eBay warns to block Australian shoppers if government pushes for new GST plan

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eBay
A sign is shown at the headquarters of eBay in San Jose, California February 2, 2010. Reuters/Robert Galbraith

eBay has warned that it may block Australian shoppers from shopping goods from overseas shall the government pursue with its plans to apply GST on all goods sold through the online marketplace. The warning comes amid reports that Treasurer Scott Morrison intends to apply 10 percent tax to all sales from July 1.

Jooman Park, eBay Australia and New Zealand vice president, issued the warning through a submission to a senate inquiry into the "Amazon Tax." "Regrettably, the Government's legislation may force eBay to prevent Australians from buying from foreign sellers," he wrote, adding the decision could be the most likely outcome at present.

Park assured that the online reseller will pay no tax to Australia and none would be owed. eBay would rather raise no revenue, deny Australians access to choice and lessen price competition. Currently, goods purchased from foreign sellers and imported to the country amounting to less than $1000 are GST exempt.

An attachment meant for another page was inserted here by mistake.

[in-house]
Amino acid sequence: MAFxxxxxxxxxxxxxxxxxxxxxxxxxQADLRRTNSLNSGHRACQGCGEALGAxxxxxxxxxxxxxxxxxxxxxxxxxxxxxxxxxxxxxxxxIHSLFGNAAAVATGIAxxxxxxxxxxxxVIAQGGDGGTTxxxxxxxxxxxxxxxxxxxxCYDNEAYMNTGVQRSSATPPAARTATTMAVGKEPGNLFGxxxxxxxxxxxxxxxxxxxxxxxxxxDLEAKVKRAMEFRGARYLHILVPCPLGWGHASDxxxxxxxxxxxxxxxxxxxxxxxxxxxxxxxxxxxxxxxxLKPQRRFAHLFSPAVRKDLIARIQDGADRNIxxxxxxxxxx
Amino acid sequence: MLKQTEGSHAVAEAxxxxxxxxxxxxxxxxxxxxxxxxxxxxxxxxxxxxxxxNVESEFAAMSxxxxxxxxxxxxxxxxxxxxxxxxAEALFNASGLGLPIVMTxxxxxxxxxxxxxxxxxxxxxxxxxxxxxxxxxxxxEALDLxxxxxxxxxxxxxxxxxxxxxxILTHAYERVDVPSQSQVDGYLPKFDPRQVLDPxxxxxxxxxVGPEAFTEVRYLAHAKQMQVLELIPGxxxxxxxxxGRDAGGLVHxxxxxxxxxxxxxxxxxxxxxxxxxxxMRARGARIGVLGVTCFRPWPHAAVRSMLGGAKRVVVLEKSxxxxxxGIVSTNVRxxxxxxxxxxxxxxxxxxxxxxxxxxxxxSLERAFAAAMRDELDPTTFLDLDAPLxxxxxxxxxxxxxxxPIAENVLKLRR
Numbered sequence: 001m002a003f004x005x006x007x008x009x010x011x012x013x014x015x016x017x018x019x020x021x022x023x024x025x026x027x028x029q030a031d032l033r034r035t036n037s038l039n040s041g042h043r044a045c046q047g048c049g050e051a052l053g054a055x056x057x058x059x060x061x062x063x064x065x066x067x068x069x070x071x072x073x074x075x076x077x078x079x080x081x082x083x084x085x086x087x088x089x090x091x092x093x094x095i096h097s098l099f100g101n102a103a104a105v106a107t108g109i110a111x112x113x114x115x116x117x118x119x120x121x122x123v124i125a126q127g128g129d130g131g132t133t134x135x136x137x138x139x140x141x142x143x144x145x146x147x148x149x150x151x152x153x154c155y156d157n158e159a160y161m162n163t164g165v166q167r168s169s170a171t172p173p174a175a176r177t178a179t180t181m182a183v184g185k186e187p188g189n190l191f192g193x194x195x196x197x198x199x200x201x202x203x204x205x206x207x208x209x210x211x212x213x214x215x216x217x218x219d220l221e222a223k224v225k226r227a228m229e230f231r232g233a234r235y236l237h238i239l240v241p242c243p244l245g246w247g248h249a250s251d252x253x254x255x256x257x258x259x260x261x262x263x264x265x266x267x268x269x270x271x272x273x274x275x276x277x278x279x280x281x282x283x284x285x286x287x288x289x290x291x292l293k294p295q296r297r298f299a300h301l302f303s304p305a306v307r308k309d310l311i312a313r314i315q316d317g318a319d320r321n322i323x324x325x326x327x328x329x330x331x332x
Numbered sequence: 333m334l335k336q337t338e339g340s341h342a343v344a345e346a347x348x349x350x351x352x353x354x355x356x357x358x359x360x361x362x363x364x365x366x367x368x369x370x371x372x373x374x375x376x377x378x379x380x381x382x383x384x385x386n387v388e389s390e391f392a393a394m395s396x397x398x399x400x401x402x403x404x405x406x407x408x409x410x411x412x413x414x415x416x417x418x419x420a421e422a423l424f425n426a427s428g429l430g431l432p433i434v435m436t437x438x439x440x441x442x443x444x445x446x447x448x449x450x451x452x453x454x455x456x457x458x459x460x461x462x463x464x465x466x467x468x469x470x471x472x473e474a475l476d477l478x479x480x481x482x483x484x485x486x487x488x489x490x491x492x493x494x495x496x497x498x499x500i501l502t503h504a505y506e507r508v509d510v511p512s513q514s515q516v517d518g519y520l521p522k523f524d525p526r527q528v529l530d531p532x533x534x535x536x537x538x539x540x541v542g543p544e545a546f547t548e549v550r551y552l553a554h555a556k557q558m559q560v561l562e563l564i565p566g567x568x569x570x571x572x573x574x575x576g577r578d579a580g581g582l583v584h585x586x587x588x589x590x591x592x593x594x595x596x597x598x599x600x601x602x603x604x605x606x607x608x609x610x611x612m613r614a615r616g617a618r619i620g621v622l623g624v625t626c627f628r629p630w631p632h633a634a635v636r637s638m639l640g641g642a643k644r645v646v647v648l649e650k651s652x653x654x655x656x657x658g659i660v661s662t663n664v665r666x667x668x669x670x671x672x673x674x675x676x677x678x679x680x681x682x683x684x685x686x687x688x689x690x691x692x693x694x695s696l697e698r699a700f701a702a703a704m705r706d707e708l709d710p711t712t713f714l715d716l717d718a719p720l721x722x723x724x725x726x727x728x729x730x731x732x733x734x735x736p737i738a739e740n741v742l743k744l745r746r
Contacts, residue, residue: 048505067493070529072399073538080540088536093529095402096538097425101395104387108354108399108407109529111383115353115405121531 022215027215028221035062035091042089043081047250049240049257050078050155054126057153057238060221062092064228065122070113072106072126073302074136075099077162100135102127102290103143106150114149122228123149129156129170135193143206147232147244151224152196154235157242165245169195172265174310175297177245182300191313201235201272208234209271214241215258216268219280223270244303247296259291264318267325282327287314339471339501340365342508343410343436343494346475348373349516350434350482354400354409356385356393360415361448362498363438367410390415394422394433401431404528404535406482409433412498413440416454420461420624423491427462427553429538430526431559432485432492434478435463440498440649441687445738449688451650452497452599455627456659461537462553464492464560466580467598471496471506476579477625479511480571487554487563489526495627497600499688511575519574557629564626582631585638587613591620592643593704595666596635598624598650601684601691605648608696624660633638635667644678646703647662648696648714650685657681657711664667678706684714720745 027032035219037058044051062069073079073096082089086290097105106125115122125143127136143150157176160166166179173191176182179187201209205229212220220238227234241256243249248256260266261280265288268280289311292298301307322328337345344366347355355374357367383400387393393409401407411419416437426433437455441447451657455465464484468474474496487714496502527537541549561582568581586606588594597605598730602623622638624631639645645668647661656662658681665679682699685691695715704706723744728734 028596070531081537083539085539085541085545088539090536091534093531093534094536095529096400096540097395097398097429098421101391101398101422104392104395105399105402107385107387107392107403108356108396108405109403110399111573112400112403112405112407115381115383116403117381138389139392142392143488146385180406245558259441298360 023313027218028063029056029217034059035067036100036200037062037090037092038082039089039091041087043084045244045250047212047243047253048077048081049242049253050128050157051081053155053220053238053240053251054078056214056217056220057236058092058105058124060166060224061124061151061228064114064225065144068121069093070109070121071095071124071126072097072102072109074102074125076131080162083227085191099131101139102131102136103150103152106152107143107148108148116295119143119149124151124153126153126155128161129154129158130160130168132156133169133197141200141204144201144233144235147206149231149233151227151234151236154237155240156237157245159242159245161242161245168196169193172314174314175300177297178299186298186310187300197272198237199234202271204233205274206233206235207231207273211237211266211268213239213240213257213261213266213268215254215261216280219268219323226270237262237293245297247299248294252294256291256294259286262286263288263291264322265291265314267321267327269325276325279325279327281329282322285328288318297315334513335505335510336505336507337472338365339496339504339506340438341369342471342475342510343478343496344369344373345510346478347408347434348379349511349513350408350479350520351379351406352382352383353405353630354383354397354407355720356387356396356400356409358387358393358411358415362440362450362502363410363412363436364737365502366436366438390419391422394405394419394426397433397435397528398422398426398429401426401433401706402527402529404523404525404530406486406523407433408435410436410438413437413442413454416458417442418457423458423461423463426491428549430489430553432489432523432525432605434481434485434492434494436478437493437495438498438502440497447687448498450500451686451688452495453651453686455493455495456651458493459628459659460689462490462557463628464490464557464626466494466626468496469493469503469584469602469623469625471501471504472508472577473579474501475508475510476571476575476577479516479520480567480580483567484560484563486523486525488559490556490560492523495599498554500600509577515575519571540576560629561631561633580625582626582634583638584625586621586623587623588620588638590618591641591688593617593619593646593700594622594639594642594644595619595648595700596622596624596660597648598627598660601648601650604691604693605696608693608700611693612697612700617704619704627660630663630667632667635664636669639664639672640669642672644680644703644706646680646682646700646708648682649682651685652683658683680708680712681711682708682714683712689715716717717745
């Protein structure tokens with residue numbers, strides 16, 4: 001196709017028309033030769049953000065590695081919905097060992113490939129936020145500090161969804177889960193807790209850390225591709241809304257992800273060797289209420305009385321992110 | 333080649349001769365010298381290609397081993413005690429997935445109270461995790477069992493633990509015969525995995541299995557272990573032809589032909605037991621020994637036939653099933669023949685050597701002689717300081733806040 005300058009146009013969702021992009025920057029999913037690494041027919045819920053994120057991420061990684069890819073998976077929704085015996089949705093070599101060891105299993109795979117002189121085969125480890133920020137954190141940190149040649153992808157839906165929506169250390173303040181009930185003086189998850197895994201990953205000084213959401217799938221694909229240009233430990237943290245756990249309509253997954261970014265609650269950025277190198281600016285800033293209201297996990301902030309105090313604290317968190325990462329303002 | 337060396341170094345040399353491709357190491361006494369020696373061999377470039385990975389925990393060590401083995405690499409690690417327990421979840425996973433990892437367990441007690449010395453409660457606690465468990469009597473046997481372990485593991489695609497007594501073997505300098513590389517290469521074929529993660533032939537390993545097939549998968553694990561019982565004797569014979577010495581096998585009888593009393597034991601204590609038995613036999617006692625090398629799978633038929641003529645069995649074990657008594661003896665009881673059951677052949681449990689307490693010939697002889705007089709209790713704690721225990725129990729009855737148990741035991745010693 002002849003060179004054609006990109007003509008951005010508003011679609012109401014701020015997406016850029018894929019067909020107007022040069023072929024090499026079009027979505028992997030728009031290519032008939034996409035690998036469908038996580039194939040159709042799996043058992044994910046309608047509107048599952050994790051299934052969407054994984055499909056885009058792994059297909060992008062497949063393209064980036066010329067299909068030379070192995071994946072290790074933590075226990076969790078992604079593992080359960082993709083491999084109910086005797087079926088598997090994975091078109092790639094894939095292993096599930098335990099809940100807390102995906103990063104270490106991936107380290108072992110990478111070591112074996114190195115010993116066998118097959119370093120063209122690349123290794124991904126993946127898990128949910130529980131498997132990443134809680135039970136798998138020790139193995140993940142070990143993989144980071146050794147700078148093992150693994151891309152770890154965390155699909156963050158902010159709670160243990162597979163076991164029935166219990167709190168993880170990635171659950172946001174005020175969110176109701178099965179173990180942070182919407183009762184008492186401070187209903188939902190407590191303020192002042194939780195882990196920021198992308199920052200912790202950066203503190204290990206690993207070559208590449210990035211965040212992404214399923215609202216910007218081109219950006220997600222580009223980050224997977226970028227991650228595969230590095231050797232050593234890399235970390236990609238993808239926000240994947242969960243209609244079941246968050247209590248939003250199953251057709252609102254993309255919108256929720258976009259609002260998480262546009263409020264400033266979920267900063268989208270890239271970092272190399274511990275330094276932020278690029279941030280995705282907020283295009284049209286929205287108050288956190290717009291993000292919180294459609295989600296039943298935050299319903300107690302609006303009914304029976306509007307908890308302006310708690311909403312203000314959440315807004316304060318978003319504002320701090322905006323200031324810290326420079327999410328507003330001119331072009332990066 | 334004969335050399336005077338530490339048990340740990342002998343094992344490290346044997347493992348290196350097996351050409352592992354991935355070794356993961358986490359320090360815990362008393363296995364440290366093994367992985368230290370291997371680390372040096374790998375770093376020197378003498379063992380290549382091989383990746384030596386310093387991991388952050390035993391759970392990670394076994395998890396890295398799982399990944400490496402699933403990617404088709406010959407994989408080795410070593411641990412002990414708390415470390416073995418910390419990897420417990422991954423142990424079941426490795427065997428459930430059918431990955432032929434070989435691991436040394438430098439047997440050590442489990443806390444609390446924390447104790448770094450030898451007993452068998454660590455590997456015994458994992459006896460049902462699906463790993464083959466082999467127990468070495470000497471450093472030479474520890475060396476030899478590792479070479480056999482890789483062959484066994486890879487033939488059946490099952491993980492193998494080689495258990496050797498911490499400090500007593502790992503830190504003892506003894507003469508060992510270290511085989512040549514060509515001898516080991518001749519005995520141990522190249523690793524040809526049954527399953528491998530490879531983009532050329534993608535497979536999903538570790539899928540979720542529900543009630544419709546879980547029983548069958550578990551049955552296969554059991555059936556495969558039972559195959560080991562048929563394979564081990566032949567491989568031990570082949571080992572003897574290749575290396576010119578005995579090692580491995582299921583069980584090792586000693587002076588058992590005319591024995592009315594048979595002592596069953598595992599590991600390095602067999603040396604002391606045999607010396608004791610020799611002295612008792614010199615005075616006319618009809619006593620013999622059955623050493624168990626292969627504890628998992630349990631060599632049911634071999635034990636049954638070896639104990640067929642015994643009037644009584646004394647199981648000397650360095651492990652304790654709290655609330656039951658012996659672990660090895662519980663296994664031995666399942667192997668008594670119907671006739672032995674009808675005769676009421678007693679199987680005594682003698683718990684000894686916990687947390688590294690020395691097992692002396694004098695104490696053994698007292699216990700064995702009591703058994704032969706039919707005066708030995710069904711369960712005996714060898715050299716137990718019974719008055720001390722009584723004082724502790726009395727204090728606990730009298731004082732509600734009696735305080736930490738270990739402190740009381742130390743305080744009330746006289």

He further stated that an eBay ban would not be a benefit for local bricks and mortar retailers who have been lobbying for the tax. Park also believes that Australians would just move to "opaque parts of the internet" where they could shop from retailers that do not conform to the new rules.

The proposed tax reportedly focuses on eBay and Amazon, which means these online sales platforms would be responsible for applying the tax. However, eBay argue that it does not own, hold or distribute goods, nor does it handle payments. Park also said that the July 1 start date for the new tax was "completely unrealistic,” pointing that necessary changes may not have been implemented by then.

Park explained that shoppers utilise the eBay search engine to search for items and pick which seller to get those goods from. "Deeming eBay to be a seller is a fiction designed by the Government to give the impression of raising revenue,” he added as per the Sydney Morning Herald.

He also pointed that the proposed tax was too complex because separate goods in one box would appear to attract both tax treatments. Park suggested that shipping companies, the Australia Post for instance, would instead be made responsible for tax because these companies can require buyers to state whether a good is new and to nominate a value of the good as part of the pricing of parcel delivery to the country. Amazon agreed with the suggestion, saying the proposed cut should focus on shipping companies.

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